The US Department of Energy has awarded a grant to GE Research, GE Renewable Energy, and LM Wind Power to design and manufacture of 3-D printed wind turbine blades.
The 25-month project will see GE business units partnering with the Oakridge National Lab and the National Renewable Energy Lab.
Under the $6.7m project, the partners will develop and demonstrate an integrated additive manufacturing process for novel high- performance blade designs for the future of large rotors.
A full-size blade tip ready to be structurally tested will be delivered as part of the project. It will also involve delivery of three blade tips that will be installed on a wind turbine.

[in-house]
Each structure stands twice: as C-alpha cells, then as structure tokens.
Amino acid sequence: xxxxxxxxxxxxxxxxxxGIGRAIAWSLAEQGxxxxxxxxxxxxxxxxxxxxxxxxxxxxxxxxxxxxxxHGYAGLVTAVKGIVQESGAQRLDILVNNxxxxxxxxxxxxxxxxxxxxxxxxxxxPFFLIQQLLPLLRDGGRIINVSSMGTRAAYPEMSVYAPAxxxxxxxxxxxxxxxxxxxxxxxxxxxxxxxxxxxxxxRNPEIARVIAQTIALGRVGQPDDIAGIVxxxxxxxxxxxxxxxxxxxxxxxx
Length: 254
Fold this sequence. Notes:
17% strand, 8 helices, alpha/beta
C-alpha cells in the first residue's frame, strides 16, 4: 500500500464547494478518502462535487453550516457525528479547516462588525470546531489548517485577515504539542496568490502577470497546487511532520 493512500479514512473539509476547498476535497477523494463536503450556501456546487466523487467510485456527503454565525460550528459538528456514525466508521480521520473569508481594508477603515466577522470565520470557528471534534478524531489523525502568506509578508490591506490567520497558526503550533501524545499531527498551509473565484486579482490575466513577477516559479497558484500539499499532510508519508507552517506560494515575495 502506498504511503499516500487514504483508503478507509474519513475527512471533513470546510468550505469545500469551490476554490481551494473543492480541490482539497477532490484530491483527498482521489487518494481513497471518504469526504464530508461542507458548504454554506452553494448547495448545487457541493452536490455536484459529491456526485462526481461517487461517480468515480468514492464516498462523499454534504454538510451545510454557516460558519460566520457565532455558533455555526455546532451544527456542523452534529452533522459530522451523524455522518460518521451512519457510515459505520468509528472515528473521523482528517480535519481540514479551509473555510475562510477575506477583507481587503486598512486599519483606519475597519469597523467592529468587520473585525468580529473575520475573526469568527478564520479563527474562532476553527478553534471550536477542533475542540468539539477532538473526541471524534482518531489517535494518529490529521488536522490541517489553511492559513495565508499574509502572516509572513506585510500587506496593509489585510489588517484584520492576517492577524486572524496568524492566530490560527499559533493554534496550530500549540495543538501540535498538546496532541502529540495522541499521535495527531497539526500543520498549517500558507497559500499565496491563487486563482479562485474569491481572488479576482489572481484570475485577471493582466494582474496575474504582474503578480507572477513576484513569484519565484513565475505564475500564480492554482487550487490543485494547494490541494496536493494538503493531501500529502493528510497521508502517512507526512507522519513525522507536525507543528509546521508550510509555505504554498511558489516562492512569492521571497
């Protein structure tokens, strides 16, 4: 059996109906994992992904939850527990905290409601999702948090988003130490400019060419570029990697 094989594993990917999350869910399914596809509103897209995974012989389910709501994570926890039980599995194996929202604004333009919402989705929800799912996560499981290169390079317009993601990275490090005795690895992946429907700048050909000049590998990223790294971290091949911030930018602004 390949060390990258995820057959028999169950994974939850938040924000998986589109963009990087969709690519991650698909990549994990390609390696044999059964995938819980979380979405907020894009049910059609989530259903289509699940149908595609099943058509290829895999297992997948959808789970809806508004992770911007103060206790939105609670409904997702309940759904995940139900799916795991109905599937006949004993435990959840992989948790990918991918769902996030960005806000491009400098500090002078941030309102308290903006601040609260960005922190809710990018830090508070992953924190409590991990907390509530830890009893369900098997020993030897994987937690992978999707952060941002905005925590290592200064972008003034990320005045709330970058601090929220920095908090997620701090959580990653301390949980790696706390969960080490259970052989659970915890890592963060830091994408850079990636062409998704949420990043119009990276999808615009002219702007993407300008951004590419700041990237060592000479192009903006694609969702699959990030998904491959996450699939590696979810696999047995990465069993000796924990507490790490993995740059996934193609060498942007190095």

It will focus on low-cost thermoplastic skin coupled with printed reinforcement.
The project will contribute to lowering manufacturing cost by providing lighter weight blades made with more recyclable materials.
GE Renewable Energy advanced manufacturing leader Matteo Bellucci said: “We are excited to partner with the DOE Advanced Manufacturing Office, as well as with our world’s class partners to introduce a highly innovative Advanced Manufacturing and Additive Process to completely revolutionize the state of the art of wind blade manufacturing.
“Additive Manufacturing can bring a step change in cost and performance competitiveness in the wind industry and help GE Renewable Energy support our customers in driving the energy transition farther and faster.”